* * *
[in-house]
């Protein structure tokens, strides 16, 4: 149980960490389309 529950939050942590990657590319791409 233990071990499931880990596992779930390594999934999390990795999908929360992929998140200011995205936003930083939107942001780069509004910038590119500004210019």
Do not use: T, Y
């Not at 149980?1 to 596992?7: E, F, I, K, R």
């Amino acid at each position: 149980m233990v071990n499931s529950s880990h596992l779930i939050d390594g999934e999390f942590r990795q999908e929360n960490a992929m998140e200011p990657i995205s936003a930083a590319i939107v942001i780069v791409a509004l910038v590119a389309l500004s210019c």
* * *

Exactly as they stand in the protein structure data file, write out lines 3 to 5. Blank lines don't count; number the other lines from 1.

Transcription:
Do not use: T, Y
């Not at 149980?1 to 596992?7: E, F, I, K, R």
């Amino acid at each position: 149980m233990v071990n499931s529950s880990h596992l779930i939050d390594g999934e999390f942590r990795q999908e929360n960490a992929m998140e200011p990657i995205s936003a930083a590319i939107v942001i780069v791409a509004l910038v590119a389309l500004s210019c």